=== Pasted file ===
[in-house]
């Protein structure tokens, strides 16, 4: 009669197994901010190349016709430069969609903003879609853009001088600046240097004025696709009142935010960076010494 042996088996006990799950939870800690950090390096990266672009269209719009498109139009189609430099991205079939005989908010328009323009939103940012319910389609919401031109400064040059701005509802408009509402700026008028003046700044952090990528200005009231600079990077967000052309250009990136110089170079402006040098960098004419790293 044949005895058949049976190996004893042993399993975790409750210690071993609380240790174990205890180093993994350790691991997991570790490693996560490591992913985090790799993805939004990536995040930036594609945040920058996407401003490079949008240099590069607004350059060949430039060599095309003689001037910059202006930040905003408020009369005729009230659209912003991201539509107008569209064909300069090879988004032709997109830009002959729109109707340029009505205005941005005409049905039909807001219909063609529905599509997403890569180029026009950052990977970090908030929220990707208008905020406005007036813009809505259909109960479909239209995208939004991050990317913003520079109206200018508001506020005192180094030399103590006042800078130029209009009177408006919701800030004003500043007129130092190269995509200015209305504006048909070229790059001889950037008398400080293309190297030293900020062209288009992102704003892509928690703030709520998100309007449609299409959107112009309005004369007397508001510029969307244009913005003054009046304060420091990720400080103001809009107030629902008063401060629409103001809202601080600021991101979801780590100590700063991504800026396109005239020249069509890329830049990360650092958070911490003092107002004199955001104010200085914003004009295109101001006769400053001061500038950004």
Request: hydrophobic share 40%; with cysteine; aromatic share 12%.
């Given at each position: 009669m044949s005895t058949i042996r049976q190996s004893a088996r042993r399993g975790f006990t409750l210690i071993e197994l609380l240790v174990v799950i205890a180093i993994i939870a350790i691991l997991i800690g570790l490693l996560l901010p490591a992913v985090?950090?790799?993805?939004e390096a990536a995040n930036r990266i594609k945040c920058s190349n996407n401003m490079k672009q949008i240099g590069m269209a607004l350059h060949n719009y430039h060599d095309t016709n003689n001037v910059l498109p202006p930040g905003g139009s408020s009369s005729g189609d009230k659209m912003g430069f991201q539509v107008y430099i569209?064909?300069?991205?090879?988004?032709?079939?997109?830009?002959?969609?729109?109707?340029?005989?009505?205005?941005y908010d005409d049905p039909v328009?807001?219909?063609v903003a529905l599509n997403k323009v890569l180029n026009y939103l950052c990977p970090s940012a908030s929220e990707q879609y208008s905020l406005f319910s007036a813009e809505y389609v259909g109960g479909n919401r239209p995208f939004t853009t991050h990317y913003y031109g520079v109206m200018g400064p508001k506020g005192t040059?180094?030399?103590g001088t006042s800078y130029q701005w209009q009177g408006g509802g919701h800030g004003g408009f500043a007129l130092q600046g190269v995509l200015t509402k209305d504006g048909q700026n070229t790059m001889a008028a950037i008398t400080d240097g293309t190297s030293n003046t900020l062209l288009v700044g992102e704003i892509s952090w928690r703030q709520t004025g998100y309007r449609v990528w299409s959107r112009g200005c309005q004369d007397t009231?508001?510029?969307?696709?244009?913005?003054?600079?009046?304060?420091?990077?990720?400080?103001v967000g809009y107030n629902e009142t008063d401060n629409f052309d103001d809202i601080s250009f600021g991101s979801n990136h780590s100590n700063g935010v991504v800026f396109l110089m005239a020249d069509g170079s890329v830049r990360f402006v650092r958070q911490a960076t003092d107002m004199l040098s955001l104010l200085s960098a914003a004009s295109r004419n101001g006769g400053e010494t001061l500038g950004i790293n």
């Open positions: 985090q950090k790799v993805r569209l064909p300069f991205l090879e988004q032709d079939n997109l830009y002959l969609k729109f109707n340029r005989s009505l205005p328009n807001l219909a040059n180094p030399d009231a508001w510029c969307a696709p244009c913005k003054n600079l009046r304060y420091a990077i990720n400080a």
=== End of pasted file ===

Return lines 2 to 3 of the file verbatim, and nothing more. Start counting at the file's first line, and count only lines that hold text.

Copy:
């Protein structure tokens, strides 16, 4: 009669197994901010190349016709430069969609903003879609853009001088600046240097004025696709009142935010960076010494 042996088996006990799950939870800690950090390096990266672009269209719009498109139009189609430099991205079939005989908010328009323009939103940012319910389609919401031109400064040059701005509802408009509402700026008028003046700044952090990528200005009231600079990077967000052309250009990136110089170079402006040098960098004419790293 044949005895058949049976190996004893042993399993975790409750210690071993609380240790174990205890180093993994350790691991997991570790490693996560490591992913985090790799993805939004990536995040930036594609945040920058996407401003490079949008240099590069607004350059060949430039060599095309003689001037910059202006930040905003408020009369005729009230659209912003991201539509107008569209064909300069090879988004032709997109830009002959729109109707340029009505205005941005005409049905039909807001219909063609529905599509997403890569180029026009950052990977970090908030929220990707208008905020406005007036813009809505259909109960479909239209995208939004991050990317913003520079109206200018508001506020005192180094030399103590006042800078130029209009009177408006919701800030004003500043007129130092190269995509200015209305504006048909070229790059001889950037008398400080293309190297030293900020062209288009992102704003892509928690703030709520998100309007449609299409959107112009309005004369007397508001510029969307244009913005003054009046304060420091990720400080103001809009107030629902008063401060629409103001809202601080600021991101979801780590100590700063991504800026396109005239020249069509890329830049990360650092958070911490003092107002004199955001104010200085914003004009295109101001006769400053001061500038950004």
Request: hydrophobic share 40%; with cysteine; aromatic share 12%.